20. März 2018 · Kommentare deaktiviert für „NGOs warn of intimidation as Italy seizes migrant rescue ship“ · Kategorien: Italien, Libyen · Tags: , , ,

Al Jazeera | 20.03.2018

Vessel refused to hand refugees to Libyan coastguard and docked in Italy, where officials opened probe against crew.

by Ylenia Gostoli

Rome, Italy – Human rights groups have warned of a campaign of intimidation after Italian authorities seized a Spanish rescue ship and threatened criminal charges against some of its crew members who refused to hand over rescued refugees and migrants to the Libyan coastguard.

The NGO Proactiva Open Arms said its vessel responded to boats in distress in international waters off the coast of Libya on March 15.

The vessel took the 216 rescued refugees and migrants to the Sicilian port of Pozzallo port on March 17, where the ship was seized.

Complications in the operation began when the NGO attended to the second boat in distress.

Crew members said they were approached by a Libyan patrol boat demanding they transferred the migrants to them, claiming the Libyans used „death threats“ and intimidation.

The incident was caught on video by the Open Arms staff.

The NGO ship was then left sailing in the Mediterranean for more than 24 hours, as Italian authorities claimed they had not coordinated the rescue and were, therefore, not responsible.

Meanwhile, staff evacuated some of the victims, including a three-month-old and her mother in need of medical attention, to the nearest port, which at that point was Malta.

The ship was eventually allowed to dock in Pozzallo, after the Spanish government intervened in the negotiations.

Italian authorities in Catania then proceeded to confiscate the boat and open an investigation against three crew members – the captain, rescue coordinator and the NGO’s director.

They are accused of „aiding and abetting illegal migration“, and risk up to seven years in prison and hefty fines for the NGO.

„At that point, these people were in European territory, therefore, handing them over would have been a collective pushback,“ the captain, Marc Reig, said in a statement, adding handing over the refugees and migrants would have been against international law.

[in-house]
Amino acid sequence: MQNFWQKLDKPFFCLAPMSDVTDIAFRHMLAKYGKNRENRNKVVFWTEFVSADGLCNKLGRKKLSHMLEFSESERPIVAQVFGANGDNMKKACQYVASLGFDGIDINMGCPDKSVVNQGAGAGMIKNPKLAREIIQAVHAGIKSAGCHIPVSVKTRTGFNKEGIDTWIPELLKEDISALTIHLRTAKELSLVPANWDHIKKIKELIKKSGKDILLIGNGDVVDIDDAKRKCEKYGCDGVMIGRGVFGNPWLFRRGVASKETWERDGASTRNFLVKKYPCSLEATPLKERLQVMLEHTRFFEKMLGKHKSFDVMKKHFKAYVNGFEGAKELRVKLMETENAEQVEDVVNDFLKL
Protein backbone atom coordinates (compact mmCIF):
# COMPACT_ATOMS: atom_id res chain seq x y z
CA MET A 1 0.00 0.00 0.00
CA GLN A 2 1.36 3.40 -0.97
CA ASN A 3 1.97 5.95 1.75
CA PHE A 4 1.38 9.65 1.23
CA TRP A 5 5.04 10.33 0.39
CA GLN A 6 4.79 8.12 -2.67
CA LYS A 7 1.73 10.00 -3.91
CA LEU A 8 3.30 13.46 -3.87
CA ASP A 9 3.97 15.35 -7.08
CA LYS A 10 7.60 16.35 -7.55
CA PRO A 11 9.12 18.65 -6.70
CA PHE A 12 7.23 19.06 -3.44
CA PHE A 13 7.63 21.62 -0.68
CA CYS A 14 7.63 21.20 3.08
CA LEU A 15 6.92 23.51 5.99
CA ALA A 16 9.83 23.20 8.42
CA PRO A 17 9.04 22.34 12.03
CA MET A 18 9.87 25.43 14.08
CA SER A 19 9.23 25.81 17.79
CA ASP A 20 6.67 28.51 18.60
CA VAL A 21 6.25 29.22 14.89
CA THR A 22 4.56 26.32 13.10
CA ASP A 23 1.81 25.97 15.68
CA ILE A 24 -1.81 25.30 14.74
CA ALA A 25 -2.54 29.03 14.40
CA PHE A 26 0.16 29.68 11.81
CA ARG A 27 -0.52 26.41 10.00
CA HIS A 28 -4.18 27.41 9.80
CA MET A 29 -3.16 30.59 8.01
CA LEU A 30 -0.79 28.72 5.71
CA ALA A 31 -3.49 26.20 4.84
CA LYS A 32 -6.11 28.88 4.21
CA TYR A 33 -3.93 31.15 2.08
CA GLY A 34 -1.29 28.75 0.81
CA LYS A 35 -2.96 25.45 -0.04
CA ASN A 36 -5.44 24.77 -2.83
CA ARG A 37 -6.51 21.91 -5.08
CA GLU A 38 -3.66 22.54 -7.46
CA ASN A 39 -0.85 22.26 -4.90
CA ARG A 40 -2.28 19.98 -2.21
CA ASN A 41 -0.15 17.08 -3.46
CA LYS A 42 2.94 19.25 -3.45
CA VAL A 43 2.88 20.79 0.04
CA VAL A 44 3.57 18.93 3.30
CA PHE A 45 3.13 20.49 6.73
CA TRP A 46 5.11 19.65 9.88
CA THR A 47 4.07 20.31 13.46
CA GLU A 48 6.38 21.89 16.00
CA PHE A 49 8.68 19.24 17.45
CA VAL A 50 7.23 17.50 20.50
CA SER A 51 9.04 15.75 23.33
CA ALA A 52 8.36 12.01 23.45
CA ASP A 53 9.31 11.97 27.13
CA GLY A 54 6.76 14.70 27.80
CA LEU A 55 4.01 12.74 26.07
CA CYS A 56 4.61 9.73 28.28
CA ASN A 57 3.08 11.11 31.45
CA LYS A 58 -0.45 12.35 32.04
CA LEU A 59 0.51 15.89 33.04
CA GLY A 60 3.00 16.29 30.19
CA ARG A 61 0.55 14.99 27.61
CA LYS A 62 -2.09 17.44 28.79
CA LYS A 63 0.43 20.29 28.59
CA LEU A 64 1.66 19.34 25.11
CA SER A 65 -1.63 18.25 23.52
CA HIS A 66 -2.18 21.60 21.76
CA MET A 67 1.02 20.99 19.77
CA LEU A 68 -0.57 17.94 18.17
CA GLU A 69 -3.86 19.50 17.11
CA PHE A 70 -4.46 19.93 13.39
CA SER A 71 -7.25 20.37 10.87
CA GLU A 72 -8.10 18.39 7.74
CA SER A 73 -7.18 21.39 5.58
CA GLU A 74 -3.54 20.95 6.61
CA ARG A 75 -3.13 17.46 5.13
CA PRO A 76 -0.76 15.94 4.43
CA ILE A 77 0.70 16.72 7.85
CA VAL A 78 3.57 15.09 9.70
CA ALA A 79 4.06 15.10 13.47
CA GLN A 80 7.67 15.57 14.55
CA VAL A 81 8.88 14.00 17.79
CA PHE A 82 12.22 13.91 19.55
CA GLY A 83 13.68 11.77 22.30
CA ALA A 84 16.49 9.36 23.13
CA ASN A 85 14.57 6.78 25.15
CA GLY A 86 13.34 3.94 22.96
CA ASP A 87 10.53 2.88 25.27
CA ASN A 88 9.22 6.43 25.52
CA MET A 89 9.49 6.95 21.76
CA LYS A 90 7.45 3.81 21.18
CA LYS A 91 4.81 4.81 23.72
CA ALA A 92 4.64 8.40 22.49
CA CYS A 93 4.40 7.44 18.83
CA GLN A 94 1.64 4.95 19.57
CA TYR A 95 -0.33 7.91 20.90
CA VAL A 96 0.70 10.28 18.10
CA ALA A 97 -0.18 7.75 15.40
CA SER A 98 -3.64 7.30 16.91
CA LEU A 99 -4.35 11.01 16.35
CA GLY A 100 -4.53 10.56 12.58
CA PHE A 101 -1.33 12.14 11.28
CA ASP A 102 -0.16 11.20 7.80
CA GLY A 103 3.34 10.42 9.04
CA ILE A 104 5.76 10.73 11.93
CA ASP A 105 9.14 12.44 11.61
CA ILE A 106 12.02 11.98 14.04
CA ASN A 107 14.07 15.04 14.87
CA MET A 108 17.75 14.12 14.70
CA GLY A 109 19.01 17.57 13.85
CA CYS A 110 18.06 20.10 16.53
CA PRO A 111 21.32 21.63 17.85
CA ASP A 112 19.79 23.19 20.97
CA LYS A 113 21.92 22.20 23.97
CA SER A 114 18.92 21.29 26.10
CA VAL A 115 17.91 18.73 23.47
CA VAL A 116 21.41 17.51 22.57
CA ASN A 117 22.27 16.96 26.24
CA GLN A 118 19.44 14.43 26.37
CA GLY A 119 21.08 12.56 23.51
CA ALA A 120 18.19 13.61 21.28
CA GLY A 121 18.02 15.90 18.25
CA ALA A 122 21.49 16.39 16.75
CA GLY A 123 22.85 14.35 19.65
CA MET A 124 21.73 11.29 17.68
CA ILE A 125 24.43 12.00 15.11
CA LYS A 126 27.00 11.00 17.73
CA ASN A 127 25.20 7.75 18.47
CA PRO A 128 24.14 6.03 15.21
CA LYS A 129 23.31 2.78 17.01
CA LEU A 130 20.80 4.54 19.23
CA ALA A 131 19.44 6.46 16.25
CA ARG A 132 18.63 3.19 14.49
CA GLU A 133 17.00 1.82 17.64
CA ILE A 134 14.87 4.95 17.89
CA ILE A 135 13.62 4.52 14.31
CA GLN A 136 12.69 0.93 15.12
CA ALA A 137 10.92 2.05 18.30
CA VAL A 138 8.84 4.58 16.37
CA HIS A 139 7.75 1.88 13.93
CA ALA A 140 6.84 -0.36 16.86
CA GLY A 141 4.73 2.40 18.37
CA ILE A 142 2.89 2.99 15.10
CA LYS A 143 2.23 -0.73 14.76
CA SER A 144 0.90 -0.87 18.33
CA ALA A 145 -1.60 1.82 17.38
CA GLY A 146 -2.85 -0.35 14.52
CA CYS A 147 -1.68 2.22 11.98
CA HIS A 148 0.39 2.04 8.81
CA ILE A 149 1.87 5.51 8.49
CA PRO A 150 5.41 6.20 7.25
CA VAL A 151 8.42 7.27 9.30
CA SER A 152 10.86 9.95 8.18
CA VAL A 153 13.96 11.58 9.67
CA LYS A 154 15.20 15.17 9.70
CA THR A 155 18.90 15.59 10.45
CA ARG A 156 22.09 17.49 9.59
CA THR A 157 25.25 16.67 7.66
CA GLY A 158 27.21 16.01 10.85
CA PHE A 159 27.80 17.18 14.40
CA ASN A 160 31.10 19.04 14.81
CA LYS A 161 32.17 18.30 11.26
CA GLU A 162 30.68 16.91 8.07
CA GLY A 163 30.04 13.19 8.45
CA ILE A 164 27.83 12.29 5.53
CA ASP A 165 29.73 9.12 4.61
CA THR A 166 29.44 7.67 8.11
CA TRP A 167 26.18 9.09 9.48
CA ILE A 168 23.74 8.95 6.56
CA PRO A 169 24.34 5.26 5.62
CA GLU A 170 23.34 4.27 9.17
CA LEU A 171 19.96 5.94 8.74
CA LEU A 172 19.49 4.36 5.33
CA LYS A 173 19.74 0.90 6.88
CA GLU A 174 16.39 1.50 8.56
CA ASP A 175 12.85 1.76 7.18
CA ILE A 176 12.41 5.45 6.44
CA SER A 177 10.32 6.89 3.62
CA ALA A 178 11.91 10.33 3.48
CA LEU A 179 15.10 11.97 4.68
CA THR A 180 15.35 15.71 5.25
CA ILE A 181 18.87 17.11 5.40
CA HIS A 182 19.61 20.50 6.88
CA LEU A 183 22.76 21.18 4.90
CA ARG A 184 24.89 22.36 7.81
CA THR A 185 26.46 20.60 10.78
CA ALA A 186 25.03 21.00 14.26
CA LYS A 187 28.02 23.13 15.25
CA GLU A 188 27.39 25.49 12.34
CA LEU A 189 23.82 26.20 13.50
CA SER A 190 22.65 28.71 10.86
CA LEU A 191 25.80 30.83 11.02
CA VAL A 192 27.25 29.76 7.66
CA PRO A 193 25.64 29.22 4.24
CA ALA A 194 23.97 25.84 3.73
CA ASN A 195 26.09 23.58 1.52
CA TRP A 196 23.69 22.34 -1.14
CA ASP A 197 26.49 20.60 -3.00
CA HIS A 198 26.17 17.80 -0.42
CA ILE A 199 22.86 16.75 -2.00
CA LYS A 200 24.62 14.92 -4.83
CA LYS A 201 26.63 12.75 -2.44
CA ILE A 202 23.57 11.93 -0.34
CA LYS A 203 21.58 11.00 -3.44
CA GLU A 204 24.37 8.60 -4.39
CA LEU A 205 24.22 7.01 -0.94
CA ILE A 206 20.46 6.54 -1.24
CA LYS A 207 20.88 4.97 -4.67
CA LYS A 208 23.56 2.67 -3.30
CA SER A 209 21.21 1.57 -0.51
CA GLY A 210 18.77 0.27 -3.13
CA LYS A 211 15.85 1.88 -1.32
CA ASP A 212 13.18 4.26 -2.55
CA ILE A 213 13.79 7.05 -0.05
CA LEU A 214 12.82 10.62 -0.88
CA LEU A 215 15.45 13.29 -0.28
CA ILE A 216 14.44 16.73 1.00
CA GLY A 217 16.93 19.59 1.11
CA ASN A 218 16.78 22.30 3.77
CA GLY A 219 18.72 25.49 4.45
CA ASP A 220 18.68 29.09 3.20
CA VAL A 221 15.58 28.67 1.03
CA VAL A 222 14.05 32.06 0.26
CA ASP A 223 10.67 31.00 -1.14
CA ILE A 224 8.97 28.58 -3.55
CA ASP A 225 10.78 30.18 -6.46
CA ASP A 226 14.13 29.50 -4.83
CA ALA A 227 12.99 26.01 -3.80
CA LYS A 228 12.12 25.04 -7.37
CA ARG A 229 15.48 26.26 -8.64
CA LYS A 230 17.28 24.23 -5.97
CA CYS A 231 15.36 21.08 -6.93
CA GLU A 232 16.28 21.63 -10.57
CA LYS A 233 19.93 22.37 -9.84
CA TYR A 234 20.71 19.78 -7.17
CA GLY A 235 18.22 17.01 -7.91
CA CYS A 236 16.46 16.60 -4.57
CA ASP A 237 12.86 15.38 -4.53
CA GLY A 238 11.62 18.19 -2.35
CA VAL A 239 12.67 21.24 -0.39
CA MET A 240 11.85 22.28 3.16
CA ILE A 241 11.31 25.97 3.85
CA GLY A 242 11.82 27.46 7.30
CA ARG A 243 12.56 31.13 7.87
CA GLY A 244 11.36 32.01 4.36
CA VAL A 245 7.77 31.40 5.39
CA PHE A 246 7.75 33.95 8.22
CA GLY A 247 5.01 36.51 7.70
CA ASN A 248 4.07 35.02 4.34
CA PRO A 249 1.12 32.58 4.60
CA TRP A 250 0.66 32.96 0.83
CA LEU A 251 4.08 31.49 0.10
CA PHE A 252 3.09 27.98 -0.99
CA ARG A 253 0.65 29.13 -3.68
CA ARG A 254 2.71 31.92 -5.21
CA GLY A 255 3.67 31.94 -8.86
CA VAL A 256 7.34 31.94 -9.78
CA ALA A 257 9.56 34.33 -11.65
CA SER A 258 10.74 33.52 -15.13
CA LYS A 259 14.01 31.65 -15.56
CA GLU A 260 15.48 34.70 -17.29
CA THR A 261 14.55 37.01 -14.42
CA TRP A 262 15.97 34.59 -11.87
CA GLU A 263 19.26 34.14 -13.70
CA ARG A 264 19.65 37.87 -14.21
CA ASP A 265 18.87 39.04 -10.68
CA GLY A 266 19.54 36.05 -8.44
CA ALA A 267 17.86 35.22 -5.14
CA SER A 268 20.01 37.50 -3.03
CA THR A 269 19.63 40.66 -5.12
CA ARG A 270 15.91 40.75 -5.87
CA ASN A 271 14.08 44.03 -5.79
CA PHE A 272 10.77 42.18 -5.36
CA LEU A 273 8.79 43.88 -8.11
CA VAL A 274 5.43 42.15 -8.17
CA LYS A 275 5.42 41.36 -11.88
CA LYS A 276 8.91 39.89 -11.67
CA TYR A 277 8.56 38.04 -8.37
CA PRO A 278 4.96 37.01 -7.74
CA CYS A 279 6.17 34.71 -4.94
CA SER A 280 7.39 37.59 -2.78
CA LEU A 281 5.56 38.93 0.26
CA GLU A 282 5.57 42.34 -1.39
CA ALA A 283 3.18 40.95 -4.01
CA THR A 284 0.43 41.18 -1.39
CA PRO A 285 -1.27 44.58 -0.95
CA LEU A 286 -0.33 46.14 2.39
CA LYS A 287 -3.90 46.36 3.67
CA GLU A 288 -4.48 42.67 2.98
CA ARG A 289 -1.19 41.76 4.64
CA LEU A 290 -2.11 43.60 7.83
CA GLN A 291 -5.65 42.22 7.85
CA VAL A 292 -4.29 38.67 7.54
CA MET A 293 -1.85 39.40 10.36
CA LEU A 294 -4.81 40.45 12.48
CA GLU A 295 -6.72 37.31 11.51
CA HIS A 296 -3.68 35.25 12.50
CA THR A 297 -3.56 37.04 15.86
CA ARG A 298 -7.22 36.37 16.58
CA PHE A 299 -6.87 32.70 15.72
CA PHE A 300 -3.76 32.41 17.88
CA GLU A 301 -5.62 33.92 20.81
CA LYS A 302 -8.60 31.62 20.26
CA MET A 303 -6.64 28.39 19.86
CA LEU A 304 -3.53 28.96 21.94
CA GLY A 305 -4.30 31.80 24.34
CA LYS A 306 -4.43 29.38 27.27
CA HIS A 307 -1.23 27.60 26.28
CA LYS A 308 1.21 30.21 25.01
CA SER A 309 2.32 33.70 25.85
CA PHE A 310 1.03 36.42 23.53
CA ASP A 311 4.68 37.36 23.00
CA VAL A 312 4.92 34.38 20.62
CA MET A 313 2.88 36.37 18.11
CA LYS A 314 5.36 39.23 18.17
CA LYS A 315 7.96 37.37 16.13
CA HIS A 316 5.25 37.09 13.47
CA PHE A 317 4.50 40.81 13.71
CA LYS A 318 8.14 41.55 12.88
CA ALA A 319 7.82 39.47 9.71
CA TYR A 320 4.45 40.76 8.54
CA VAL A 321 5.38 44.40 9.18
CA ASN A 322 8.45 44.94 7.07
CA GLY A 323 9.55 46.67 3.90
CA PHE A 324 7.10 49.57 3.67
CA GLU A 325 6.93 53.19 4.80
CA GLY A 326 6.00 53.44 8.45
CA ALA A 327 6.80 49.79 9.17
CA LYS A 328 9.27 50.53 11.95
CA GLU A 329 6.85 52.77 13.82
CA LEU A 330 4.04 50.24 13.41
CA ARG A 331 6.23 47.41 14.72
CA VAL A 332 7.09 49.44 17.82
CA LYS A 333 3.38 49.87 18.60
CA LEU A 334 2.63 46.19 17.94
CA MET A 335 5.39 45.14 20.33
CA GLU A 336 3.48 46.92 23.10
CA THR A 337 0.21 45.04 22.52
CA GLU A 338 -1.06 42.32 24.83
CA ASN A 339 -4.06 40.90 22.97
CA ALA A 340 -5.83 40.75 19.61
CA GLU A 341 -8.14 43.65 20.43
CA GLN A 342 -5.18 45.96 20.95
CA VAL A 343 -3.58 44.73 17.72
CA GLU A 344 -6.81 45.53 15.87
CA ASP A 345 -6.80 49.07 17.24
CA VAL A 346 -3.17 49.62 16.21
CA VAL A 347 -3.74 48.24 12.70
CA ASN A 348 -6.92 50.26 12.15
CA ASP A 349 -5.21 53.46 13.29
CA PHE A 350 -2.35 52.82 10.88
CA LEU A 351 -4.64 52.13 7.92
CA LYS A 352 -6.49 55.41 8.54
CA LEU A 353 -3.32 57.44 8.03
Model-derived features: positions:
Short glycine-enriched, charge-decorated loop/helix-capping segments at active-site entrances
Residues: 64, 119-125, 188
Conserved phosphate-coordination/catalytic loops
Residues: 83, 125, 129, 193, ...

„Despite the immediate vicinity of the island of Malta, [Open Arms] proceeded to sail towards the Italian coast while waiting for instructions from the Spanish authorities,“ the Italian coastguard wrote in a statement.

Campaign of intimidation

NGOs that operate rescue missions in the Mediterranean fear Italy’s moves were aimed at intimidating rescuers.

„Taking someone back from international waters to a country against their will is a violation of human rights,“ Alex Steier, a spokesperson for the German organisation Mission Lifeline, told Al Jazeera. „That’s why it should not be allowed for any ship from the European Union to hand over [rescued people] to the Libyan coastguard,“ he explained.

„Due to the seizure of this rescue vessel, the European border regime has reached a new level. Not only are Libyan militias being supported with EU funds, but search and rescue NGOs are being confronted with defamation.

„Now, the criminalisation of solidarity is going so far as to expose organisations who are operating under international law. The only possibility to be rescued at sea is openly being suppressed by radical methods, and even more people will die in the Mediterranean,“ Steier said.